Medical Marijuana Patients In This State Can Obtain Hunting Licenses, Officials Confirm

Are medical marijuana patients in South Dakota allowed to have a hunting license? It looks like they are, which comes as a surprise to many considering federal law prohibiting gun ownership to users of any substance illegal.

What’s the deal with South Dakota and hunting licenses then?

Ryan Kolbeck, a Sioux Falls criminal defense attorney told South Dakota Searchlight that he has received many calls from South Dakotans who wanted to know if medical marijuana card holders can obtain a hunting license. Most of the calls came in the day following South Dakota’s failure to legalize recreational cannabis in the midterms. Many of them were hoping for legalization to happen so that they would be given the option to buy cannabis without having to register as a medical marijuana patient.

“You have to register with the state (to use medical marijuana), which is different from any other medication,” Kolbeck said. “People were wondering if the state of South Dakota could be trusted, basically.”

According to Kolbeck, the questions on hunting licenses were driven more by speculation than by any official guidelines. These are not uncommon in other states with legal medical marijuana programs. For example, Minnesota presented a bill that aims to reclassify cannabis to enable medical users to own firearms.

See Also: Medical Marijuana Patients Don't Have Gun Rights: Federal Court Rules On Nikki Fried's Second Amendment Lawsuit

It’s All ‘Theoretical’

Cannabis activist Matthew Schweich thinks the question of losing a hunting license or even gun rights is theoretical.

“It’s really just a question of whether the (Bureau of Alcohol, Tobacco and Firearms) would try to get records from states on medical cannabis and use them to say that someone was dishonest on the forms,” said Schweich, “At this point, I’m not aware of that ever happening.”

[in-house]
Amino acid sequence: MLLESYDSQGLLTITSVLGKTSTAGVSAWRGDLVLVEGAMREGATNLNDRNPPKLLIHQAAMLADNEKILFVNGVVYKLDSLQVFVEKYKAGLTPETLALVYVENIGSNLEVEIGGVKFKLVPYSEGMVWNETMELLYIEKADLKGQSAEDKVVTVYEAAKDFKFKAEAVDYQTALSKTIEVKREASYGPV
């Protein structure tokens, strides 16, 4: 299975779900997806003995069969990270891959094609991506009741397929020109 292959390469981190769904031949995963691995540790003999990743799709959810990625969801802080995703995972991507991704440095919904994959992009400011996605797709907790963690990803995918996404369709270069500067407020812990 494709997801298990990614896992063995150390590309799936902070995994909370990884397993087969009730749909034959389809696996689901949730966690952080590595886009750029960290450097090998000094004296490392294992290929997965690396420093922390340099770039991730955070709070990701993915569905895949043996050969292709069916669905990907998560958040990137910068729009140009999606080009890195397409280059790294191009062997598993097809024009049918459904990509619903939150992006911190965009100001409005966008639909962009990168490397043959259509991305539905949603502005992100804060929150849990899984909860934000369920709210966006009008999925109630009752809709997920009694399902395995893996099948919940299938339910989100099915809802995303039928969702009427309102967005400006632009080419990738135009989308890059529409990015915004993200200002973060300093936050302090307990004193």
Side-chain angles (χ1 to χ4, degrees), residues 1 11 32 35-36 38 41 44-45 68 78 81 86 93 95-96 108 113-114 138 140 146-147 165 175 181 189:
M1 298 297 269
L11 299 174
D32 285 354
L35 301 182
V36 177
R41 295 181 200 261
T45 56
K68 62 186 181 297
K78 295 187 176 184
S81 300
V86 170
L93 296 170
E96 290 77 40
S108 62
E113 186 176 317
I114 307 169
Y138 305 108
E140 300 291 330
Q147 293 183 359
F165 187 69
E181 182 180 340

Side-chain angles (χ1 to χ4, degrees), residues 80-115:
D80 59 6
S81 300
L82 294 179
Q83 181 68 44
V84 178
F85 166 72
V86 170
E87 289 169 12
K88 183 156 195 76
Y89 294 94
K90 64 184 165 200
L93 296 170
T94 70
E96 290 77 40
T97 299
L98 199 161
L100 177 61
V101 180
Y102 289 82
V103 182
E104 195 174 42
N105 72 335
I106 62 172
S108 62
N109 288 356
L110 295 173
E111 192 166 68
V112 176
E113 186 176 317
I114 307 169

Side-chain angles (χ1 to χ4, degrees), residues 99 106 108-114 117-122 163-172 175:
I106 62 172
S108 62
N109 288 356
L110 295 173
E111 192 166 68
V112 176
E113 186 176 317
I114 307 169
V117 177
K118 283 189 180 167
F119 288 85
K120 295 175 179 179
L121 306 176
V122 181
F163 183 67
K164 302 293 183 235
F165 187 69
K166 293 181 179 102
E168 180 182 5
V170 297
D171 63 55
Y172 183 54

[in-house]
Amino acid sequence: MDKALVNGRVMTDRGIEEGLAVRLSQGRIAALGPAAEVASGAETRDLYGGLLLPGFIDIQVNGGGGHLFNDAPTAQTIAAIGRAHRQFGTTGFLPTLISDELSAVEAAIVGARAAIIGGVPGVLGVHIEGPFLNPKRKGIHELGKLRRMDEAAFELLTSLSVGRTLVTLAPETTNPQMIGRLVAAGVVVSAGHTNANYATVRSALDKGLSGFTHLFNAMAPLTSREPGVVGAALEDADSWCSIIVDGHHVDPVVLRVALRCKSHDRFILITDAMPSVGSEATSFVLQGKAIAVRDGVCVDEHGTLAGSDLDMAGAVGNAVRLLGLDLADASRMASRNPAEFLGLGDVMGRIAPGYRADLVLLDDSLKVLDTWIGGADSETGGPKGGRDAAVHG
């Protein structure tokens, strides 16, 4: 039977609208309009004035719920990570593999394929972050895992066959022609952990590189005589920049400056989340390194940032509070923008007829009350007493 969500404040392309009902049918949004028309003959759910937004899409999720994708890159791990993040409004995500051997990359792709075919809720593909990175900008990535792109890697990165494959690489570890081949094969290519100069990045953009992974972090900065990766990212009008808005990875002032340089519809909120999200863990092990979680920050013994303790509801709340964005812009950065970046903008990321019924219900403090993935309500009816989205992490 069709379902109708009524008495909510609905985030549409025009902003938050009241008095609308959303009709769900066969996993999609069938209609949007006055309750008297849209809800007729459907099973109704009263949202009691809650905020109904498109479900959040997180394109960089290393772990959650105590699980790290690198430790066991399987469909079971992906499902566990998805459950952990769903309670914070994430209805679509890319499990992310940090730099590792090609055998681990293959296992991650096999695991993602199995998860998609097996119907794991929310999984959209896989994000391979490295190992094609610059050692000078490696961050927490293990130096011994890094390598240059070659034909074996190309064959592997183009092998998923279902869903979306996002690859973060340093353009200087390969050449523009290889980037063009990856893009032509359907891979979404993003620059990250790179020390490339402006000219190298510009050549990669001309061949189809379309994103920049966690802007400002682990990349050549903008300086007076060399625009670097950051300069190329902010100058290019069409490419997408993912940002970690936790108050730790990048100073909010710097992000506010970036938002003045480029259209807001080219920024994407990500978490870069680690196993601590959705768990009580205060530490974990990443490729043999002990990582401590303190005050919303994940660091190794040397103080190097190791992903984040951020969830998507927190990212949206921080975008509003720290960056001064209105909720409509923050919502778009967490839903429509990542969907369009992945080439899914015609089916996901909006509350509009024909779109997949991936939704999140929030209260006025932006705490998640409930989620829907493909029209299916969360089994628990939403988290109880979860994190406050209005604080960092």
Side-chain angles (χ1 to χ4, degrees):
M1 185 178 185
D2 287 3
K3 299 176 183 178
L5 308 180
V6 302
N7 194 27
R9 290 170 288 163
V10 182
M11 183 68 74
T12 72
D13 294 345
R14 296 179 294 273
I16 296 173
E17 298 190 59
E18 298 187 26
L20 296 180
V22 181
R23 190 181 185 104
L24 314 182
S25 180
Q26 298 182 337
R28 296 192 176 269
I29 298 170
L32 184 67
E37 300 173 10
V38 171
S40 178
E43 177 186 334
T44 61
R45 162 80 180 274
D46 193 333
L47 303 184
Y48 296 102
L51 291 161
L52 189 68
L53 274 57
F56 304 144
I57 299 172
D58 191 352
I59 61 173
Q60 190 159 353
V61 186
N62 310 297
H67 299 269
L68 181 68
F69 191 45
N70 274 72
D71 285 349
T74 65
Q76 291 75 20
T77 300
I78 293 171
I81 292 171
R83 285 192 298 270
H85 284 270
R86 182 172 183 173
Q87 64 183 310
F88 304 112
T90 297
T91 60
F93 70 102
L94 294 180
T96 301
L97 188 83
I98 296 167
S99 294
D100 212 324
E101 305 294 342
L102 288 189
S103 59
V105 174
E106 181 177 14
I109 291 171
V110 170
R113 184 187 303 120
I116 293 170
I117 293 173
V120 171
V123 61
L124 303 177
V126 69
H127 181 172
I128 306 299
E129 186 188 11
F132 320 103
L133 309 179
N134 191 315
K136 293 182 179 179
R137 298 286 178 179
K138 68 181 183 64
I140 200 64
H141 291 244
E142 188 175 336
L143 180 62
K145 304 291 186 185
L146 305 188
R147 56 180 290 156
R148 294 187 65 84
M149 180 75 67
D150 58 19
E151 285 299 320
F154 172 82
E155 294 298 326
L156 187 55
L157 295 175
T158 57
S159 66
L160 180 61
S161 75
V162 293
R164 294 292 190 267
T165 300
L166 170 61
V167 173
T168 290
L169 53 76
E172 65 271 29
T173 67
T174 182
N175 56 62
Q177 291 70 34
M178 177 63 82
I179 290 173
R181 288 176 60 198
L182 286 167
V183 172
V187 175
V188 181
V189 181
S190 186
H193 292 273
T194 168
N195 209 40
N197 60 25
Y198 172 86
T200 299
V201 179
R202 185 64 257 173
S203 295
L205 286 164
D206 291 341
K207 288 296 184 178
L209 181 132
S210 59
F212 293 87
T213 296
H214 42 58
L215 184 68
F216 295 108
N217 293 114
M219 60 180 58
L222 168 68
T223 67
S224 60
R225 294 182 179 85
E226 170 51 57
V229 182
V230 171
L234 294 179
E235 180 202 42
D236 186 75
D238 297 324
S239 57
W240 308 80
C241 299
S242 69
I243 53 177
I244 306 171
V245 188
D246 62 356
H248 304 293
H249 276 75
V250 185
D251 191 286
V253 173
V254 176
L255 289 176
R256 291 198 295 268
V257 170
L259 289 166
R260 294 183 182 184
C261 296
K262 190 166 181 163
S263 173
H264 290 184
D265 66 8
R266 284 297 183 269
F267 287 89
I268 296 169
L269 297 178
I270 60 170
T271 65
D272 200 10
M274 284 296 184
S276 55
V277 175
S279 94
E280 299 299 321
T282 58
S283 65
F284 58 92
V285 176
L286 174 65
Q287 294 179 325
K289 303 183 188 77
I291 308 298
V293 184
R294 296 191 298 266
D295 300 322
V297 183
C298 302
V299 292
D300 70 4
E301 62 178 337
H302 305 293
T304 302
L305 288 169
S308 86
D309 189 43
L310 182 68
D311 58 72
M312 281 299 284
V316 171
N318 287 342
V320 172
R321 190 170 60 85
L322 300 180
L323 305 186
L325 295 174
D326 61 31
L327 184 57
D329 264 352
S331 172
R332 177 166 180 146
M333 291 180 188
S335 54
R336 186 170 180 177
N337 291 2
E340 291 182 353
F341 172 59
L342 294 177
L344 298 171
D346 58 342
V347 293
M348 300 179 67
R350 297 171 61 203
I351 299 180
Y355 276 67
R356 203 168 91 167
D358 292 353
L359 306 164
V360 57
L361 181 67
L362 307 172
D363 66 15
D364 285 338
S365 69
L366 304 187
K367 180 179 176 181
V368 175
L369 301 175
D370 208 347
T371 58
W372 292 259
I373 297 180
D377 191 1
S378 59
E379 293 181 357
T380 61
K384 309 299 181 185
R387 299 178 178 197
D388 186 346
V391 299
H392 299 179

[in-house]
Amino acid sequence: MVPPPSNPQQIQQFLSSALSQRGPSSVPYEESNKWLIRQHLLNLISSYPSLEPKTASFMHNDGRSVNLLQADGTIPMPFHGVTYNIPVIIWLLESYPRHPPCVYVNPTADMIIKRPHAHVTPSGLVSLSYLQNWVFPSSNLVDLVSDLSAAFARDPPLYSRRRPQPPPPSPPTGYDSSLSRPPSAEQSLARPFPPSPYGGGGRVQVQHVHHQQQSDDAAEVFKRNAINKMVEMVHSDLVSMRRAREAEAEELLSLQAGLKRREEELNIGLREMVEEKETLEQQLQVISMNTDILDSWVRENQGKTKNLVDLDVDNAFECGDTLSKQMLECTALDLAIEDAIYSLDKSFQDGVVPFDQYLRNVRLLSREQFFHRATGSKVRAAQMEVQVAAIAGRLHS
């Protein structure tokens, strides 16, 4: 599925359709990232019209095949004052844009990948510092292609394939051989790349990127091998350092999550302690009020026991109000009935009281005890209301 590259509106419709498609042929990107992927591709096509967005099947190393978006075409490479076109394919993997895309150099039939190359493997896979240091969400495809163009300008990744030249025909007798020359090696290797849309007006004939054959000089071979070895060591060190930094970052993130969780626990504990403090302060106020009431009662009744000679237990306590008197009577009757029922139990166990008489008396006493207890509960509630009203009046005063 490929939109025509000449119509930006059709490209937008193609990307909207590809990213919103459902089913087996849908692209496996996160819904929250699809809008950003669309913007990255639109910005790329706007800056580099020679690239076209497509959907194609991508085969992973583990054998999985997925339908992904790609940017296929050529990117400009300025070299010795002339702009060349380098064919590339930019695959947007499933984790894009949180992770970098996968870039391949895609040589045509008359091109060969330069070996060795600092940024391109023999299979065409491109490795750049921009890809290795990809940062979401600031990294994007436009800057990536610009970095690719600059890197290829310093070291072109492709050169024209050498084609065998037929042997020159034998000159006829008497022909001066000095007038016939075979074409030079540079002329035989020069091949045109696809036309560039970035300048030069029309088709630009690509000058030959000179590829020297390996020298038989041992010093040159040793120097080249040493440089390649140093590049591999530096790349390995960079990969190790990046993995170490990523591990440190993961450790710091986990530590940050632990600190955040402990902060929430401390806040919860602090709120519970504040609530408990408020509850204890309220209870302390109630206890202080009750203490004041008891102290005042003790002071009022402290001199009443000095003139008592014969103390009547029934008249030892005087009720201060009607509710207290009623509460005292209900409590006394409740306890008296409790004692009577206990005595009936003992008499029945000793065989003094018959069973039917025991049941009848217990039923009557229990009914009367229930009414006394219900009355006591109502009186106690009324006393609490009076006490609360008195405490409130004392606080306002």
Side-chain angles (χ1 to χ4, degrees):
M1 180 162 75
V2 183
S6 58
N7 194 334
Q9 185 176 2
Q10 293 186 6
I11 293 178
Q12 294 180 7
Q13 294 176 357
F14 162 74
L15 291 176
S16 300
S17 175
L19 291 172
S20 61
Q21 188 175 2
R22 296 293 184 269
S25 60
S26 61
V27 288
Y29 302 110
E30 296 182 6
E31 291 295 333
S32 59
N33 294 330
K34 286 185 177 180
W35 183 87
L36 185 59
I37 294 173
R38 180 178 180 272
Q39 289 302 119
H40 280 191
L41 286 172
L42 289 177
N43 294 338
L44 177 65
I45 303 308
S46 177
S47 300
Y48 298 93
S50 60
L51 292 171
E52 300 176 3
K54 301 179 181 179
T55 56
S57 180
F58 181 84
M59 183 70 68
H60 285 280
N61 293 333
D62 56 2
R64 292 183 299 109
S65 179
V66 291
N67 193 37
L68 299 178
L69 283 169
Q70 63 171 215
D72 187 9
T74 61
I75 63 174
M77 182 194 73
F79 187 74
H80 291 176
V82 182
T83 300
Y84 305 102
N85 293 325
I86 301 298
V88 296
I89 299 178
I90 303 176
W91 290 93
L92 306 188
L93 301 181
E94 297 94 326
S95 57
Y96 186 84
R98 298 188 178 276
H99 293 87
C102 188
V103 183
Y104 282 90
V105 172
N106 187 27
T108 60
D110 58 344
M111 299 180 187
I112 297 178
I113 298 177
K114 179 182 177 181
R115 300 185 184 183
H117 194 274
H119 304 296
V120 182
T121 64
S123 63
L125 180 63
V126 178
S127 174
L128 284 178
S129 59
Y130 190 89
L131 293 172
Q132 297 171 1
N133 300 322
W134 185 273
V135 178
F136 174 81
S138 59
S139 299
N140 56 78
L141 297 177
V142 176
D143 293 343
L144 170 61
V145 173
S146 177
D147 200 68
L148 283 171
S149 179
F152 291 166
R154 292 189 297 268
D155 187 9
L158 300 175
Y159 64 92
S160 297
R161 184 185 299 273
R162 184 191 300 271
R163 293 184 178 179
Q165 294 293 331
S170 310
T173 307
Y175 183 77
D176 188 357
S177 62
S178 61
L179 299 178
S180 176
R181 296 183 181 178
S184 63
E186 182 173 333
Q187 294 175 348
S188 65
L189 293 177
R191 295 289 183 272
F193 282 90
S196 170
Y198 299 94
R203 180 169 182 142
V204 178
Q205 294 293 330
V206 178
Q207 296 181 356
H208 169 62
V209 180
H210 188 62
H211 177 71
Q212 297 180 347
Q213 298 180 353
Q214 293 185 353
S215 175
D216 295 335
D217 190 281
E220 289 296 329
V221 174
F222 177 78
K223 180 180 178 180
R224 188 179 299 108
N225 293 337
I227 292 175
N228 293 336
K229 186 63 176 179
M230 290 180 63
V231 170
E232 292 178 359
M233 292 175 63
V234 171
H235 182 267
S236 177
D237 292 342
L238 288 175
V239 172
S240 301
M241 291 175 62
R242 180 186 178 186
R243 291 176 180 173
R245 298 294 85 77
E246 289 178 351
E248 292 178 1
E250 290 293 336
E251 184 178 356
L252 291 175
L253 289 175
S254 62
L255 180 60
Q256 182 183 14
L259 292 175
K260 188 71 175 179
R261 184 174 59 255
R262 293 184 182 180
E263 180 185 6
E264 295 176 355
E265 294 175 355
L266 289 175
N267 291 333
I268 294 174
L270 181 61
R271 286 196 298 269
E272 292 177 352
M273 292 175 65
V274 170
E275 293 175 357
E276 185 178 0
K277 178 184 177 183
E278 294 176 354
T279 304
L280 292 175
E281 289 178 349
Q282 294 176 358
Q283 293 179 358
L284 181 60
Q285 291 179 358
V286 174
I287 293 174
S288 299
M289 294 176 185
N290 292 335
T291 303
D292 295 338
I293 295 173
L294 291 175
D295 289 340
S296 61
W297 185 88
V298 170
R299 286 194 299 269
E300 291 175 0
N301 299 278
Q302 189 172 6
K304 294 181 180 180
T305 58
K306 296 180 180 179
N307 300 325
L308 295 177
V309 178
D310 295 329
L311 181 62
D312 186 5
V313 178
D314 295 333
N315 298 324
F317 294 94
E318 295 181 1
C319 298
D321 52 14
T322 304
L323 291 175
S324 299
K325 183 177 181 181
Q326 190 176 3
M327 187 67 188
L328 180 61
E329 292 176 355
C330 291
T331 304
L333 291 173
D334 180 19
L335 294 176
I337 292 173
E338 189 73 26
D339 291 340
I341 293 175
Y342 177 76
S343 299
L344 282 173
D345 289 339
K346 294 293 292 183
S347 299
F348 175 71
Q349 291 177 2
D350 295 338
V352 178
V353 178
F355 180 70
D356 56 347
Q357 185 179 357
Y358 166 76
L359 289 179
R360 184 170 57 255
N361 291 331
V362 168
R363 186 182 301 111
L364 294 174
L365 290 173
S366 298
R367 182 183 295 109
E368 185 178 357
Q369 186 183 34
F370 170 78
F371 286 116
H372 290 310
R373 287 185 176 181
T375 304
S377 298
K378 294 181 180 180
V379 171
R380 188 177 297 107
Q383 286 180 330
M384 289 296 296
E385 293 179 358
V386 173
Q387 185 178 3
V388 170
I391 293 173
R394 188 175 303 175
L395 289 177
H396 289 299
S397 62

Rules on both hunting licenses and firearm permits vary from state to state. In South Dakota, adults can carry a gun without a permit. At the moment, the use of medical marijuana does not prevent anyone from obtaining a hunting license.

“If they just simply have a medical marijuana card, one, we wouldn’t check that, but two, it wouldn’t prevent them from getting a license,” said John Kanta, section chief for the Game, Fish & Parks Department.

Kanta added that cannabis use shouldn’t cause problems for a hunter unless a game officer catches someone shooting under the influence or violating hunting laws in other ways. 

Photo: Benzinga Edit; Sources:  Budding and Sebastian Pociecha on Unsplash

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Posted In: CannabisNewsMarketsJohn KantaMatthew Schweich medical marijuana and huntingRyan KolbeckSouth Dakota CannabisSouth Dakota Searchlight
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